Windrey, if you are having difficulty finding the section on the LA consular website, I've copied the relevant section here:
"RECOGNITION OF ITALIAN CITIZENSHIP BY MARRIAGE (Legge 555/1912) which states the following: The foreign bride who married before April 27, 1983 is automatically italian by law. The only documents required are the birth certificate (in "long form") with "apostille" and translation into Italian. A form then must be filled out by the applicant once at the Consulate. (Please click here for the forms: married, divorced or widowed)"
Since your marriage license/certificate was submitted and recorded with your son's application, you would likely only need to resubmit it if you are applying at another consulate. Your divorce decree should also be submitted.
Wendy, I'm sorry that you're receiving conflicting information. By all means do go to the website you have been referred to; however I must warn you that while questions similar to yours have been asked many times, I have NEVER seen anyone come back and confirm that in fact the information given was correct and she had indeed been recognized and received a passport. Furthermore, I have a friend in New York City who was married in Italy before 1983, gave birth to two Italian children in Italy (who still live there with their own children) but she has never been entitled to recognition due to a divorce from her Italian husband. I would appreciate it if you can return to this website to provide whatever feedback you have from your own case. Thanks.
That is good advice. You will find the details and the forms on the LA Consulate site. Miami also notes the automatic citizenship for wives in a pre-1983 marriage and suggests calling for specific guidelines. .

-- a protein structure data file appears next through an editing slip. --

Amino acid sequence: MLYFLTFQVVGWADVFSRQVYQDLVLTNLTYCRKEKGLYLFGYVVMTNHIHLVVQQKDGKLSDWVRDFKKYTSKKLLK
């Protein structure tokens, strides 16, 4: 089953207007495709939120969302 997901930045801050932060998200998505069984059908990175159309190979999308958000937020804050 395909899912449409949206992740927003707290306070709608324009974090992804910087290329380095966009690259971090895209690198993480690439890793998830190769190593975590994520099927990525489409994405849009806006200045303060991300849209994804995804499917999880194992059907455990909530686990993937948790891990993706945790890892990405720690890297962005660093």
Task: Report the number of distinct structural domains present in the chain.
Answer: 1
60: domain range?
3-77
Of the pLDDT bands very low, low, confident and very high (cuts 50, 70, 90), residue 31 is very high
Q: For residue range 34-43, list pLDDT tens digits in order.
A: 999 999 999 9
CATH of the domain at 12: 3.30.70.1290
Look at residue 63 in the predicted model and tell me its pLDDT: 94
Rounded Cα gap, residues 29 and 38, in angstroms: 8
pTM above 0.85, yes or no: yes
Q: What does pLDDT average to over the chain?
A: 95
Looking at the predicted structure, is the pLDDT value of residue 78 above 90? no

Like much of Italian citizenship law, the line between what is acceptable and what is not can be very subtle. In the case of pre-1983 marriages, the year of divorce is significant. Thus, had you married in 1974 and divorced in 1982 or even 1989, your application would not be viewed favorably. This may be the situation in which jennebet's friend finds herself. Fortunately, the year of your divorce falls into the parameters that allow you to retain the citizenship you automatically acquired.
This issue is very exciting to me as my mother is in the same position, my dad and I are italian citizens jus sanguinis, my parents married in 1968 in NY, divorced in 2005 in the Dominican Republic. Has anyone confirmed that an American divorcee can apply for citizenship at a consulate? Many thanks!
You may want to contact the consulate to check on the documents your mother will need. At minimum she will need to have her birth, marriage and divorce documents. If yoru father is willing to help, proof of his citizenship shouldn't hurt.
The forms jojo has provided may give you some guidance.
Thanks "mler" --- her b/c is no problem and we just have to get her divorce decree appostilled in the D.R., i have an original estratto of their marriage issued my my comune (montemaggiore belsito palermo), i've enrolled my dad with AIRE and have his b/c from italy. I just want to make sure that my parents' divorce in 2005 didn't vitiate my mother's claim -- the LA consulate's form suggests that is not a problem, but the NY consulate doesnt have a form just like it for divorced women, only a general form in word format (i guess i can modify it as necessary?!). I will email the NY consulate to be sure.
AdrianBattaglia27 wrote:This issue is very exciting to me as my mother is in the same position, my dad and I are italian citizens jus sanguinis, my parents married in 1968 in NY, divorced in 2005 in the Dominican Republic. Has anyone confirmed that an American divorcee can apply for citizenship at a consulate?
Go to the Italian Citizenship Message Board (http://italiancitizenship.freeforums.org/). We have seen cases like that, but it will probably be a little difficult for me to track down the member names of people who were in the same situation.
thank you! I did not look through that site today! If you recall anyone please feel free to let me know. I already emailed the NY Consulate my question. It would appear though that since the LA Consulate has a form just for a divorced party requesting citizenship stemming from a pre-1983 marriage that this is ok, but.... as well all know... better to get it from the right horse's mouth!!
Be sure that when she applies, she makes it clear that she is seeking recognition of the Italian citizenship she acquired when she married before 1983 and that she is NOT seeking to apply jure matrimoni. In juri matrimoni cases, divorce is significant, and a misunderstanding may cause a problem.